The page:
Ever had a bulb burn out but didn’t know what type it was, much less where to find another just like it? Not only do we carry every bulb under the sun, but we’ll turn you into a lighting expert in no time. Below are the names and descriptions of some pretty common bulbs. Any of these ring a bell?
PAR: PAR lamps, or parabolic aluminized reflectors, generally have a flat face and come in many sizes, from PAR16 all the way to PAR64. The numbers behind the ‘PAR’ (this rule applies to all light bulbs) stand for the diameter of the bulb measured in increments of 1/8 of an inch. For example, a PAR16 means the bulb is 16 eighths of an inch in diameter, which works out to two inches in diameter. A PAR38 (pictured on the right) on the other hand, would be a little more than four inches in diameter, 4 ¾ inches, to be exact. PAR lamps are found in a number of applications, from outdoor lights above your garage to track lights in your favorite museum.
R/BR: These two lamps are very similar to each other in terms of shape and application. The ‘R’ stands for ‘reflector’, while the ‘BR’ stands for ‘bulged reflector.’ Look at the picture on the left. Notice how the bulb bulges a little bit just above the neck? Now look at an R bulb. You’ll notice the neck is smooth, and both bulbs have a smooth, frosted face, evenly dispersing the light. These bulbs are typically used for creating warm, soft, even dispersions of light in recessed cans in living rooms and restaurants, but are also used for wall washing and in track lights.
MR: The MR bulbs, or “mirrored reflector” (also called “multifaceted reflectors” or “mini reflectors”) are very similar to the PAR and R-type bulbs in terms of lighting applications. And just like the PAR and R lamps, these bulbs come in different sizes, from an MR8 all the way to an MR16, and some come with a glass face, a frosted face, or even with no face. These bulbs get their names from the tiny mirrors located inside the face of some bulbs that disperses the light (pictured at left), while others have a smooth face, giving you a controlled beam of light. Look for MR bulbs in track lights in homes and department stores, in jewelry or display cases, or in museums highlighting a particular piece.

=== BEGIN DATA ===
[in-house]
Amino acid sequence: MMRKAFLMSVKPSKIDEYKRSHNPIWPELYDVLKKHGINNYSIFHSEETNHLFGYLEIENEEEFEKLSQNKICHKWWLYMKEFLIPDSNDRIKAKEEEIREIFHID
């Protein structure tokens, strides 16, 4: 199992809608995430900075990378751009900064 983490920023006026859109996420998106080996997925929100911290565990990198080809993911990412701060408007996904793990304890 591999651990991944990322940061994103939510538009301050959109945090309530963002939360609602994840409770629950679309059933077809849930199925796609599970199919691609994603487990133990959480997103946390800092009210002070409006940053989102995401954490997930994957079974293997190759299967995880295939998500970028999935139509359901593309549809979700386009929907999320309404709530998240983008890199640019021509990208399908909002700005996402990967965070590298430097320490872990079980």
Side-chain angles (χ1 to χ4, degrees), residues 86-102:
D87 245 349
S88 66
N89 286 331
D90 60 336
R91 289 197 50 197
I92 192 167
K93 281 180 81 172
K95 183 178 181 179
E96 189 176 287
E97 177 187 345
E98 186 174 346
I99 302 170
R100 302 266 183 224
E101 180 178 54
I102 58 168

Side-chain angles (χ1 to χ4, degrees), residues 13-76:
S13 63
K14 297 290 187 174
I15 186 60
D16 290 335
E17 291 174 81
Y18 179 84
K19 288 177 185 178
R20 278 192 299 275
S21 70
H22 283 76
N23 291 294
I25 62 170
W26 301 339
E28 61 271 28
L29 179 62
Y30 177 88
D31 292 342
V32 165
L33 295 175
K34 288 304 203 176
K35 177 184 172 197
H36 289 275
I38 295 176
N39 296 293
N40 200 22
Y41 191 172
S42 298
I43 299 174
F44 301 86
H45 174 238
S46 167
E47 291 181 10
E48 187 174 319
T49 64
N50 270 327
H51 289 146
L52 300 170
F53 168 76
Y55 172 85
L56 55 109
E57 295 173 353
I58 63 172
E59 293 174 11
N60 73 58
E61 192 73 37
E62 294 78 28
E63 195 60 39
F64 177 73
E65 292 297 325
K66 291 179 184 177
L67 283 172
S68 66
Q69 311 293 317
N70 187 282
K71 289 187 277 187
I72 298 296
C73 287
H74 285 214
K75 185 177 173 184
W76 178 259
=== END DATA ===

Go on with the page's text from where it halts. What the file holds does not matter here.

Candelabra Base: Candelabra base bulbs come in many shapes and sizes, from bent tip, to torpedo shape, even vintage antique bulbs. These bulbs can either be frosted or clear, and don’t put out too much light because the small base size limits the maximum wattage. This is why candelabra base bulbs are perfect for decorative chandeliers in your entryway, wall sconces in hotel hall ways, even in your porch light fixture, just as long as the fixture is sealed.
A19: This is your standard household bulb and is the easiest bulb to recognize. In fact, when someone says “light bulb”, this bulb shape probably comes to mind. A19 bulbs are measured the same way as the other types. Instead of measuring the diameter of the bulb, like PAR lamps, the bulb’s face is measured at its widest point. So an A19 bulb is 19 eighths of an inch, or 2 3/8 inches at its widest point. A19 bulbs are extremely common bulbs and are used in many applications, from reading lamps, to ceiling fans, and to just about anything you can think of.